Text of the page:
Definitions for Harlequinadeˌhɑr lə kwɪˈneɪd, -kɪ-

This page provides all possible meanings and translations of the word Harlequinade

Princeton's WordNet

  1. buffoonery, clowning, japery, frivolity, harlequinade, prank(noun)

    acting like a clown or buffoon

Wiktionary

  1. harlequinade(Noun)

    A pantomime-like comedy featuring the harlequin or clown.

  2. harlequinade(Noun)

    Any comical or fantastical procedure or playfulness.

  3. Origin: From arlequinade.

Webster Dictionary

  1. Harlequinade(noun)

    a play or part of play in which the harlequin is conspicuous; the part of a harlequin

  2. Origin: [F. arleguinade.]

Freebase

  1. Harlequinade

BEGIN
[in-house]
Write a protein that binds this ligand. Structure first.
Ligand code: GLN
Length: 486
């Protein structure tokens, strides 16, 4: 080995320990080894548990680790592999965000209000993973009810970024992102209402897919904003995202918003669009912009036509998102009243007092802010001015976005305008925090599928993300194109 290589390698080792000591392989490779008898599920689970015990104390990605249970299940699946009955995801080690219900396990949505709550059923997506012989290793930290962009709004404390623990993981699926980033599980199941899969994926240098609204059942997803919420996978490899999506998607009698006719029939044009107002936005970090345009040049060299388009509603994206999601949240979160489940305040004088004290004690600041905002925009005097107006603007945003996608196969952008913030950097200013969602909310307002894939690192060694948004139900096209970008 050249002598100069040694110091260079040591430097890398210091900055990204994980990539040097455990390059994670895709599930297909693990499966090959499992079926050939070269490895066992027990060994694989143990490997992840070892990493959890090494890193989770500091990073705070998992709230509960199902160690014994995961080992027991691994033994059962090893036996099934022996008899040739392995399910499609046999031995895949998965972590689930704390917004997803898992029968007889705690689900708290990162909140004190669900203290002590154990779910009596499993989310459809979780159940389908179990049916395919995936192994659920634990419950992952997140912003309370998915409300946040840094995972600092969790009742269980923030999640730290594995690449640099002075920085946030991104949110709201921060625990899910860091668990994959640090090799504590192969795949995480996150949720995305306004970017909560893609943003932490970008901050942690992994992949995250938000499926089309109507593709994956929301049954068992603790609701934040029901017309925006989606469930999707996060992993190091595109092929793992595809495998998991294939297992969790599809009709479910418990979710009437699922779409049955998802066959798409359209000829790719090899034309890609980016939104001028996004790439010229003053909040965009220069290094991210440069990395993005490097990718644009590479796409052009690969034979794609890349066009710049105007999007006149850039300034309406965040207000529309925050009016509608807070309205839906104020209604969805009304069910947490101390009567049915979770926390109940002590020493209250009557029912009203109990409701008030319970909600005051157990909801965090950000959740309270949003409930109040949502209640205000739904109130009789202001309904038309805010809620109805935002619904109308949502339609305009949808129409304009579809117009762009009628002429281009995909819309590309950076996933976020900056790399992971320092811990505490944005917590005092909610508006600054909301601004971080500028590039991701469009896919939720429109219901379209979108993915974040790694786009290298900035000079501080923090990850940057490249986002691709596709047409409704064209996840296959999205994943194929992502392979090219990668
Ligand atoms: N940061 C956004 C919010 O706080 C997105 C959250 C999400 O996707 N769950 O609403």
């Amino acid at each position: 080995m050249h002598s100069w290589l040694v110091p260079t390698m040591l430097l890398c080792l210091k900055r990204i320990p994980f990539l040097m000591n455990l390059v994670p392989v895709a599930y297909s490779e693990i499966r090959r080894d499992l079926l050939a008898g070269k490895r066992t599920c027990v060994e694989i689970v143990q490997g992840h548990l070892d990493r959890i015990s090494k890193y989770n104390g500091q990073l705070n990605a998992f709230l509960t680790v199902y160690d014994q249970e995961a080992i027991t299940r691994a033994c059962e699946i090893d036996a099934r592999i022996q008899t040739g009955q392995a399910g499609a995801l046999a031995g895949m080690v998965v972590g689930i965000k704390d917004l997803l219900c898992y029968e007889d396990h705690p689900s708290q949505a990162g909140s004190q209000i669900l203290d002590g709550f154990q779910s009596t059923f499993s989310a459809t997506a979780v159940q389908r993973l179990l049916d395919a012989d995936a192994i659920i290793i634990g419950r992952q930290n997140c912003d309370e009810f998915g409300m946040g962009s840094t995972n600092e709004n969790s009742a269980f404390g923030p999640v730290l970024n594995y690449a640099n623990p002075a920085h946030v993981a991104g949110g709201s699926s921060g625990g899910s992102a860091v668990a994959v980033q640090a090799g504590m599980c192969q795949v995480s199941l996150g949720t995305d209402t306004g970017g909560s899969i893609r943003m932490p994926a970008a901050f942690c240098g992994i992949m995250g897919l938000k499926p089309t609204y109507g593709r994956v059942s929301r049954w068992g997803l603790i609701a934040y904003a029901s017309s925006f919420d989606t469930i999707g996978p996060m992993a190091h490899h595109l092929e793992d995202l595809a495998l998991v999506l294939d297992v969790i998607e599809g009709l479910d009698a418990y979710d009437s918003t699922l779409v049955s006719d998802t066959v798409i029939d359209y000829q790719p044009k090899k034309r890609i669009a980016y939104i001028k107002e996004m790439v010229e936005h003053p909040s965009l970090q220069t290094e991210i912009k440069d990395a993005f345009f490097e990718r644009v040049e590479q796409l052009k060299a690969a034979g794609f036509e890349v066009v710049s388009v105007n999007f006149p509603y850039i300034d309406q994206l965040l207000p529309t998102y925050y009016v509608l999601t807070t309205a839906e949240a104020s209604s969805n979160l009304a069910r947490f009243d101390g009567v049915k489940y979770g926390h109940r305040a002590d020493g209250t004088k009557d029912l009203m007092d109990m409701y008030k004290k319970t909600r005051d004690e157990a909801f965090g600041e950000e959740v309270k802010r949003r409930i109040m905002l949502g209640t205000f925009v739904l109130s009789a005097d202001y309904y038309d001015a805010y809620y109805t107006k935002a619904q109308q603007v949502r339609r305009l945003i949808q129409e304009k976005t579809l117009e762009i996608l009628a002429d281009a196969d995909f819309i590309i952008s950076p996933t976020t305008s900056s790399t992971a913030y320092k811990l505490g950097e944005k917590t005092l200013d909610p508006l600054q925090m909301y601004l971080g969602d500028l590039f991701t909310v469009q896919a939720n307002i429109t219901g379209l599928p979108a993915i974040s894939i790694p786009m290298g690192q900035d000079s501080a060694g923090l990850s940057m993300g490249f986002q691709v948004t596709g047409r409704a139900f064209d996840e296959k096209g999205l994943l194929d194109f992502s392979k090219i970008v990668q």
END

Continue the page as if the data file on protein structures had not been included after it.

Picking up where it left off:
Harlequinade is a British comic theatrical genre, defined by the Oxford English Dictionary as "that part of a pantomime in which the harlequin and clown play the principal parts". It developed in England between the 17th and mid-19th centuries. It was originally a slapstick adaptation or variant of the Commedia dell'arte, which originated in Italy and reached its apogee there in the 16th and 17th centuries. The story of the Harlequinade revolves around a comic incident in the lives of its five main characters: Harlequin, who loves Columbine; Columbine's greedy father Pantaloon, who tries to separate the lovers in league with the mischievous Clown; and the servant, Pierrot, usually involving chaotic chase scenes with a policeman. Originally a mime act with music and stylised dance, the harlequinade later employed some dialogue, but it remained primarily a visual spectacle. Early in its development, it achieved great popularity as the comic closing part of a longer evening of entertainment, following a more serious presentation with operatic and balletic elements. An often elaborate magical "transformation scene", presided over by a fairy, connected the unrelated stories, changing the first part of the pantomime, and its characters, into the harlequinade. In the late 18th and 19th centuries, the harlequinade became the larger part of the entertainment, and the transformation scene was presented with increasingly spectacular stage effects. The harlequinade lost popularity towards the end of the 19th century and disappeared altogether in the 1930s, although Christmas pantomimes continue to be presented in Britain without the harlequinade.

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